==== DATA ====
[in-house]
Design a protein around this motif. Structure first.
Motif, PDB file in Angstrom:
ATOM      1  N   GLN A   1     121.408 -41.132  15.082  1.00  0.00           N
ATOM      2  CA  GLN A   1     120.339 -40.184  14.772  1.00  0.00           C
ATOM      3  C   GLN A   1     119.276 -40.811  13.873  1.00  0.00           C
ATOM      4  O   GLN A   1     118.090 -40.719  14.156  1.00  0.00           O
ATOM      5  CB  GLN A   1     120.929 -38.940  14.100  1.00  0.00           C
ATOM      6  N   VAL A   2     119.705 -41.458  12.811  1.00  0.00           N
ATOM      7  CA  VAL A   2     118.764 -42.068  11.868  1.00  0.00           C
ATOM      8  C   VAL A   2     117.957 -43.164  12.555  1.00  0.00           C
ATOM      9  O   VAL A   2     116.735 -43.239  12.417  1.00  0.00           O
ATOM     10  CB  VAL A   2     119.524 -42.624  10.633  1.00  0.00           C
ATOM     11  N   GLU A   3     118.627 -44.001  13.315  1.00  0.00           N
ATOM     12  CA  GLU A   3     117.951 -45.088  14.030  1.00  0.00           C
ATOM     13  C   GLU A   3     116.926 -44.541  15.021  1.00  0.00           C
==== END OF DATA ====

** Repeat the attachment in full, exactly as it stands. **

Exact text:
[in-house]
Design a protein around this motif. Structure first.
Motif, PDB file in Angstrom:
ATOM      1  N   GLN A   1     121.408 -41.132  15.082  1.00  0.00           N
ATOM      2  CA  GLN A   1     120.339 -40.184  14.772  1.00  0.00           C
ATOM      3  C   GLN A   1     119.276 -40.811  13.873  1.00  0.00           C
ATOM      4  O   GLN A   1     118.090 -40.719  14.156  1.00  0.00           O
ATOM      5  CB  GLN A   1     120.929 -38.940  14.100  1.00  0.00           C
ATOM      6  N   VAL A   2     119.705 -41.458  12.811  1.00  0.00           N
ATOM      7  CA  VAL A   2     118.764 -42.068  11.868  1.00  0.00           C
ATOM      8  C   VAL A   2     117.957 -43.164  12.555  1.00  0.00           C
ATOM      9  O   VAL A   2     116.735 -43.239  12.417  1.00  0.00           O
ATOM     10  CB  VAL A   2     119.524 -42.624  10.633  1.00  0.00           C
ATOM     11  N   GLU A   3     118.627 -44.001  13.315  1.00  0.00           N
ATOM     12  CA  GLU A   3     117.951 -45.088  14.030  1.00  0.00           C
ATOM     13  C   GLU A   3     116.926 -44.541  15.021  1.00  0.00           C